• You are asked to keep doing things for imaginary friends: Your child might ask you to lay a place at the table for their imaginary friend, or to make a snack for them. That’s fine. Rather than do it yourself, ask your child to help. That will help develop their skills.
  • Your child keeps consulting the imaginary friend: Sometimes children won’t do anything without asking their imaginary friend first. Calmly say to your child, “I want to hear what you think, not what your friend thinks”.

Learn more here about the development and quality assurance of healthdirect content.

Last reviewed: April 2021


Back To Top

Need more information?

Imaginary friends & children | Raising Children Network

Imaginary friends come from healthy imaginations. They help children express feelings and practise skills. Children usually grow out of imaginary friends.

Read more on raisingchildren.net.au website

Development milestones - your child at 4 years

Your child reaching their development milestones is an exciting time for parents. Find out what to expect from your child and how to track their growth.

Read more on Pregnancy, Birth & Baby website

Child development at 4-5 years | Raising Children Network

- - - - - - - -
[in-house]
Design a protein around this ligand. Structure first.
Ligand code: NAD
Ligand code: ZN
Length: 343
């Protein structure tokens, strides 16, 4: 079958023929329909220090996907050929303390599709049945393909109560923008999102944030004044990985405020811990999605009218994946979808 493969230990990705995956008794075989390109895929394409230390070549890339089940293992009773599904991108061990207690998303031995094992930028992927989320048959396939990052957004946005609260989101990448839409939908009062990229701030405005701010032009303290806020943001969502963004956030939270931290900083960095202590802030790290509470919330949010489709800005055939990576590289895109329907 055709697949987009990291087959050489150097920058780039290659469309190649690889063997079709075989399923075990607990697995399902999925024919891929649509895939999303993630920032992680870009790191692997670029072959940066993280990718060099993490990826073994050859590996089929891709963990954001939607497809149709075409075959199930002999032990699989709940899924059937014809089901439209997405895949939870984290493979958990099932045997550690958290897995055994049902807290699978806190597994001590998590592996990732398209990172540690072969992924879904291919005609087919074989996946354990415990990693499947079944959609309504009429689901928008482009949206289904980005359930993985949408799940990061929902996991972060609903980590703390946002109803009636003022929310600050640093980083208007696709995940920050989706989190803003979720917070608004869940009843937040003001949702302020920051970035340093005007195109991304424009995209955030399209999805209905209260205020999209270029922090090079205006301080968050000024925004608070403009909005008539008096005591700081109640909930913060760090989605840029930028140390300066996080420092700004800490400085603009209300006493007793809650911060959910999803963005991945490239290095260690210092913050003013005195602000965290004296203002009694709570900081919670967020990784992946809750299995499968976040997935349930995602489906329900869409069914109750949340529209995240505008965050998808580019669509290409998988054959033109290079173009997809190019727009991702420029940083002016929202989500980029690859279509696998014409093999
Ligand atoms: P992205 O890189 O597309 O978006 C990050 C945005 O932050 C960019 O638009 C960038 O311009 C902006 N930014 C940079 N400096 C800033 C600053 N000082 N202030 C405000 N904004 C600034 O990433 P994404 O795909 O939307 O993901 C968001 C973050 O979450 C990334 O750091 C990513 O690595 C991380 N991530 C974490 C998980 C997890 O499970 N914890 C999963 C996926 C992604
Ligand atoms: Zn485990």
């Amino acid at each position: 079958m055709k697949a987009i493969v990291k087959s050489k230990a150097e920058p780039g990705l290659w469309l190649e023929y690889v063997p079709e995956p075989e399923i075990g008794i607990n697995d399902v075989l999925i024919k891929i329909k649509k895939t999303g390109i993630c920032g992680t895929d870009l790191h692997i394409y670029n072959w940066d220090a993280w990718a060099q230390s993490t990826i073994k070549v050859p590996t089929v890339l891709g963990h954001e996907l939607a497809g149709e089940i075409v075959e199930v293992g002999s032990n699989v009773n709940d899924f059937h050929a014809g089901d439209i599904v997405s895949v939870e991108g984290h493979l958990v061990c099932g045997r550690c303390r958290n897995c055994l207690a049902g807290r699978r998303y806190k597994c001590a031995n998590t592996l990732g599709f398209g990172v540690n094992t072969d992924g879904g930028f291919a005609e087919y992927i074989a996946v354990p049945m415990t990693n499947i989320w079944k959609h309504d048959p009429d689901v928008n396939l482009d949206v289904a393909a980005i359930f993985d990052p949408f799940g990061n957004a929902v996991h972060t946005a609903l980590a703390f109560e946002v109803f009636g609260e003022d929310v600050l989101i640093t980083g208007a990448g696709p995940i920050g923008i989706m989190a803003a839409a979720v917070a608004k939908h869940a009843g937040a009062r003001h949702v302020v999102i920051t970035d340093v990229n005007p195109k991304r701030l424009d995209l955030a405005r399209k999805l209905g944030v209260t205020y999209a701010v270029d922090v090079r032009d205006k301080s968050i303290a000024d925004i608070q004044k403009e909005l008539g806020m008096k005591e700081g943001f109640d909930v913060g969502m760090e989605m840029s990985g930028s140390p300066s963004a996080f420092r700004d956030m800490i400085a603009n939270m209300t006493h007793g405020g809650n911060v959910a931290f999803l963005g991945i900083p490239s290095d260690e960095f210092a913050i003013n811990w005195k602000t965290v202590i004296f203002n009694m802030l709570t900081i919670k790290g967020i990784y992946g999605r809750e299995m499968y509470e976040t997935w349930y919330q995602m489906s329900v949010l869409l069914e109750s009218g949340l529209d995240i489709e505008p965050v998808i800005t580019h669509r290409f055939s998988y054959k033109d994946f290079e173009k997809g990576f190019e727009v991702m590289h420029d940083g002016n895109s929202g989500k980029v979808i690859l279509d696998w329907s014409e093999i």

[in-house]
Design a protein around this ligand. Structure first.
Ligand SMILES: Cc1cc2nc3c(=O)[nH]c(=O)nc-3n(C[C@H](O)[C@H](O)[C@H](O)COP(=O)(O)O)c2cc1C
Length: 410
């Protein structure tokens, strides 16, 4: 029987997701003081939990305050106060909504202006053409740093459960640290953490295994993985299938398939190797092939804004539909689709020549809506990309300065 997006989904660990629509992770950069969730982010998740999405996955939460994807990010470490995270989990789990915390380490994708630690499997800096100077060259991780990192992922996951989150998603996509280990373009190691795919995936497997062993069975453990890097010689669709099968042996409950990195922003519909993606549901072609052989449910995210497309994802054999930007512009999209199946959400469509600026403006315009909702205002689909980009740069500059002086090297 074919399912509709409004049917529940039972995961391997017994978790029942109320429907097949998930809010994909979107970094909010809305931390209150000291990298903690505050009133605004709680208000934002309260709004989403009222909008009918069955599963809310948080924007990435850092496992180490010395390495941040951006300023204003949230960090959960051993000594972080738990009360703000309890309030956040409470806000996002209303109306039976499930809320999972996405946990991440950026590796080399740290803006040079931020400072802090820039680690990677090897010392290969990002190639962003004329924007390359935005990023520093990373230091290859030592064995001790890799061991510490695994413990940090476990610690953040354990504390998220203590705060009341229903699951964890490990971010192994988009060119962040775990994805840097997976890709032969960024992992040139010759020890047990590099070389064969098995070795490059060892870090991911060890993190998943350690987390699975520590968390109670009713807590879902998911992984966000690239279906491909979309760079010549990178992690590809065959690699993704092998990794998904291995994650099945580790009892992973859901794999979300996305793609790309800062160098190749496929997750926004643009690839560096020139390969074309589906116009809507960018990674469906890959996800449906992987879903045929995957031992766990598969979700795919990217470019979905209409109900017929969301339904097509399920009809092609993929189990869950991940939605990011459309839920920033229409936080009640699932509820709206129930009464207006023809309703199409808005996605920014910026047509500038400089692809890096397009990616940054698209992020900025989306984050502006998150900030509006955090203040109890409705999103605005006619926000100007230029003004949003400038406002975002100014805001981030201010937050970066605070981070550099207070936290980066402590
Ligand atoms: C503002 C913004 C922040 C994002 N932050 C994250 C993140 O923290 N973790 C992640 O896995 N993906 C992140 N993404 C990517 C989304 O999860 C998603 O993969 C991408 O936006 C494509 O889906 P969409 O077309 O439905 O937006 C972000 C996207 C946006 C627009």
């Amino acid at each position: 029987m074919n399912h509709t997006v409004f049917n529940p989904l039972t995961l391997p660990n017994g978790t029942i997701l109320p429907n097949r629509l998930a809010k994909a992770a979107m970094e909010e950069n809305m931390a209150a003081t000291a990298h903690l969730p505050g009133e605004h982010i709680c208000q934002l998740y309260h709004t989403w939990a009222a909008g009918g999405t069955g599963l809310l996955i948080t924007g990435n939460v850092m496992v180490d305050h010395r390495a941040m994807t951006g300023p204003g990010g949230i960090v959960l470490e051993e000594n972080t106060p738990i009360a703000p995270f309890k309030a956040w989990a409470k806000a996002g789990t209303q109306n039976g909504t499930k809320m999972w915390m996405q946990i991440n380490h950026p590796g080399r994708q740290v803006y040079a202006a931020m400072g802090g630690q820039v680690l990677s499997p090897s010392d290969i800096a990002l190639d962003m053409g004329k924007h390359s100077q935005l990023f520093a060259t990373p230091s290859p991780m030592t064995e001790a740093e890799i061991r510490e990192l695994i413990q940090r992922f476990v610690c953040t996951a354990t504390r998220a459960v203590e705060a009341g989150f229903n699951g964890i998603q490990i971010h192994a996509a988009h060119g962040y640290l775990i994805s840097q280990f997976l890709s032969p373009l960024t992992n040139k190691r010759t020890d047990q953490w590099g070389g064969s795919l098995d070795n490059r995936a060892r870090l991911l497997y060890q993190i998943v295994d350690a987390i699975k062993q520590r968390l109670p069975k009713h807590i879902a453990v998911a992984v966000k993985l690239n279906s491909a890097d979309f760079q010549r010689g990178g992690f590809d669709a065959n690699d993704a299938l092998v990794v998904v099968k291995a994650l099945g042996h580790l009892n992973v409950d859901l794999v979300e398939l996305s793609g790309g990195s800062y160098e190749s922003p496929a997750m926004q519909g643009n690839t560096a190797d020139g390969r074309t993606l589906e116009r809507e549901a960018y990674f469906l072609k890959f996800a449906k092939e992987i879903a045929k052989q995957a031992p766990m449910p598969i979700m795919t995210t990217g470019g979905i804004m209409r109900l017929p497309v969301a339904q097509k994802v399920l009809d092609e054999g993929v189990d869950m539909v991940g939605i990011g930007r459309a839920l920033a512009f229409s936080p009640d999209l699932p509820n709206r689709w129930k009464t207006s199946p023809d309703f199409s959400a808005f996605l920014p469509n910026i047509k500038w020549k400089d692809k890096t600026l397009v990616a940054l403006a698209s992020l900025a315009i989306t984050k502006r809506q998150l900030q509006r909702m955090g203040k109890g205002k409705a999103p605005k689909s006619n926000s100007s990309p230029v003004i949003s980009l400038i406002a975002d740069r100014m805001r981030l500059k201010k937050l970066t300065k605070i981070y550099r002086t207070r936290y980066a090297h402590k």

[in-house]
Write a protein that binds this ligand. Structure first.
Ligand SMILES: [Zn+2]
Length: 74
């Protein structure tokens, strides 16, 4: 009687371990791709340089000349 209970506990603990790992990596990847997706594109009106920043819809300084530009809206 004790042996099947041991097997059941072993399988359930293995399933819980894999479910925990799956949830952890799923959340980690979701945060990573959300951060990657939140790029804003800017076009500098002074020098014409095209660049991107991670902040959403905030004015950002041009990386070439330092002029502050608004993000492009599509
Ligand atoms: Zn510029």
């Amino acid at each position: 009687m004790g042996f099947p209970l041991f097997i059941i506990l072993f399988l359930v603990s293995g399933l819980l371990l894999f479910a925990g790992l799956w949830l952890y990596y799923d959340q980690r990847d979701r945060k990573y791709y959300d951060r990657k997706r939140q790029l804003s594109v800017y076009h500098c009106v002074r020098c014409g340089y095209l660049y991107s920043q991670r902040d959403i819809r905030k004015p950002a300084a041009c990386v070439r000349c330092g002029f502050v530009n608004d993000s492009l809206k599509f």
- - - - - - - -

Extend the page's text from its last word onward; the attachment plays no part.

At 4-5 years, your preschooler is learning to express emotion and likes to be around people. Read how to help child development and spot delay at this age.

Read more on raisingchildren.net.au website

Preschool play ideas & creative activities | Raising Children Network

Play fosters imagination in preschoolers, which is important for development. Play ideas include nature walks, busy boxes, dress-ups, puppet play and more.

Read more on raisingchildren.net.au website

How children make friends

Making and keeping friends isn't always easy, and children need to learn how to do it. However, there are ways you can help them – find out how here.

Read more on Pregnancy, Birth & Baby website

3-5 Year Old Child Development Tips & Advice | Tresillian

Tips and advice on ways you can help your child’s development during pre-schooling years; what to expect as a parent and what is ‘normal’ for 3-5 year olds.

Read more on Tresillian website

Call us and speak to a Maternal Child Health Nurse for personal advice and guidance.

Need further advice or guidance from our maternal child health nurses?

This information is for your general information and use only and is not intended to be used as medical advice and should not be used to diagnose, treat, cure or prevent any medical condition, nor should it be used for therapeutic purposes.

The information is not a substitute for independent professional advice and should not be used as an alternative to professional health care. If you have a particular medical problem, please consult a healthcare professional.

Except as permitted under the Copyright Act 1968, this publication or any part of it may not be reproduced, altered, adapted, stored and/or distributed in any form or by any means without the prior written permission of Healthdirect Australia.